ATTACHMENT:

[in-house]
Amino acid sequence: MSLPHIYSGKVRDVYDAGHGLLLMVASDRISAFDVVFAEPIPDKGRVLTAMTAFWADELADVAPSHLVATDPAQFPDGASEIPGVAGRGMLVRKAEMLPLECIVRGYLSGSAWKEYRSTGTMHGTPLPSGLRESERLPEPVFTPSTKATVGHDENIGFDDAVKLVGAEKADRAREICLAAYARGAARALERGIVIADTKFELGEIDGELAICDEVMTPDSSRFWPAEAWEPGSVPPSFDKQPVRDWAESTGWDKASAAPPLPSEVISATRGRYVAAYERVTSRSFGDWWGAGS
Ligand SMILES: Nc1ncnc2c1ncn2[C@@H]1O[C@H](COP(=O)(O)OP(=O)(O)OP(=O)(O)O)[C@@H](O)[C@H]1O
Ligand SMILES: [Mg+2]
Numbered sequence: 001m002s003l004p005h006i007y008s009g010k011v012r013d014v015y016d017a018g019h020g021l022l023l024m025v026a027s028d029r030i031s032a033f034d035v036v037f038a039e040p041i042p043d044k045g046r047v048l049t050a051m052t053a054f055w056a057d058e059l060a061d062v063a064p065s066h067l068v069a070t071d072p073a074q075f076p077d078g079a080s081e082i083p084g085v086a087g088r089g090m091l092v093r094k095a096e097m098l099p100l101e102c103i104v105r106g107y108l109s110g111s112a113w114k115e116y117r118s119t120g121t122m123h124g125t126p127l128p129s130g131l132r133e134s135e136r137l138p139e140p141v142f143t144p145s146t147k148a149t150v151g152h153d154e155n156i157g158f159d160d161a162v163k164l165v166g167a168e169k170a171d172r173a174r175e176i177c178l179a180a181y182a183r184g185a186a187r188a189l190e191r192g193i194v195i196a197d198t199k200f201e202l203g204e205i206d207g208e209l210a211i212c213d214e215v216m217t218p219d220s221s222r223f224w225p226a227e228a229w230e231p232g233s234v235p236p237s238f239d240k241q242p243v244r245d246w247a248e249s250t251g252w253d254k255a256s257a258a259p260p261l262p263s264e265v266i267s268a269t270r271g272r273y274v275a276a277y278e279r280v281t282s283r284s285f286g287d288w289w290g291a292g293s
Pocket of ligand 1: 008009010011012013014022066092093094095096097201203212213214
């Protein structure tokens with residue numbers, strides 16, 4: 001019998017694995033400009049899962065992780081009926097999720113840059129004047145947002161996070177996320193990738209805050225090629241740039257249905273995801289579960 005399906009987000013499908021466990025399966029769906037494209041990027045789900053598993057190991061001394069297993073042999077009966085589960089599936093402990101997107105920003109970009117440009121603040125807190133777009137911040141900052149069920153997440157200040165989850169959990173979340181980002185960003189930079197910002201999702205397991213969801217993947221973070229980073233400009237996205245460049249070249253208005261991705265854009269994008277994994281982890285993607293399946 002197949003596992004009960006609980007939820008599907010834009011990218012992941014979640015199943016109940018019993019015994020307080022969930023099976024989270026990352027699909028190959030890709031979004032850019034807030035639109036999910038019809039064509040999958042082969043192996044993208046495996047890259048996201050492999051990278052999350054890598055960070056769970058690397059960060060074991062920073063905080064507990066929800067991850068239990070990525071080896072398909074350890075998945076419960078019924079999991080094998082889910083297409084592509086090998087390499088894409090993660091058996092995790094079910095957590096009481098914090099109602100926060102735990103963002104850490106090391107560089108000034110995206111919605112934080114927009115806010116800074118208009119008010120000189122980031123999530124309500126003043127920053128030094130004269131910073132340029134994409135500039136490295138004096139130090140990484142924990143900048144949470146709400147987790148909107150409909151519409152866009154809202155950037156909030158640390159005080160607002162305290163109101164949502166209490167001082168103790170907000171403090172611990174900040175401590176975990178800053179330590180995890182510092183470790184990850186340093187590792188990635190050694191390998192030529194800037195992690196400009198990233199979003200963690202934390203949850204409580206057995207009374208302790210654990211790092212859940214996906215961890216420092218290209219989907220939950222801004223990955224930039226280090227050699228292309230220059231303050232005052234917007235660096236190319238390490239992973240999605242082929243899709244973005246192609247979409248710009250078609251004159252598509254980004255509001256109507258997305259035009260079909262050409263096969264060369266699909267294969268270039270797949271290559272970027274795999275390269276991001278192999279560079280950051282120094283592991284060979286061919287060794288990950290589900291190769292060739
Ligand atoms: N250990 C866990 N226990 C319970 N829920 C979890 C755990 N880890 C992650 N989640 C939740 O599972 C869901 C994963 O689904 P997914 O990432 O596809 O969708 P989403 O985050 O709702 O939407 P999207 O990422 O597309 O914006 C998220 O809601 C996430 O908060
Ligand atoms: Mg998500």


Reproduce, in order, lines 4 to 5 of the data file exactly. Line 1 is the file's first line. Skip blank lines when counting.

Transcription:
Ligand SMILES: [Mg+2]
Numbered sequence: 001m002s003l004p005h006i007y008s009g010k011v012r013d014v015y016d017a018g019h020g021l022l023l024m025v026a027s028d029r030i031s032a033f034d035v036v037f038a039e040p041i042p043d044k045g046r047v048l049t050a051m052t053a054f055w056a057d058e059l060a061d062v063a064p065s066h067l068v069a070t071d072p073a074q075f076p077d078g079a080s081e082i083p084g085v086a087g088r089g090m091l092v093r094k095a096e097m098l099p100l101e102c103i104v105r106g107y108l109s110g111s112a113w114k115e116y117r118s119t120g121t122m123h124g125t126p127l128p129s130g131l132r133e134s135e136r137l138p139e140p141v142f143t144p145s146t147k148a149t150v151g152h153d154e155n156i157g158f159d160d161a162v163k164l165v166g167a168e169k170a171d172r173a174r175e176i177c178l179a180a181y182a183r184g185a186a187r188a189l190e191r192g193i194v195i196a197d198t199k200f201e202l203g204e205i206d207g208e209l210a211i212c213d214e215v216m217t218p219d220s221s222r223f224w225p226a227e228a229w230e231p232g233s234v235p236p237s238f239d240k241q242p243v244r245d246w247a248e249s250t251g252w253d254k255a256s257a258a259p260p261l262p263s264e265v266i267s268a269t270r271g272r273y274v275a276a277y278e279r280v281t282s283r284s285f286g287d288w289w290g291a292g293s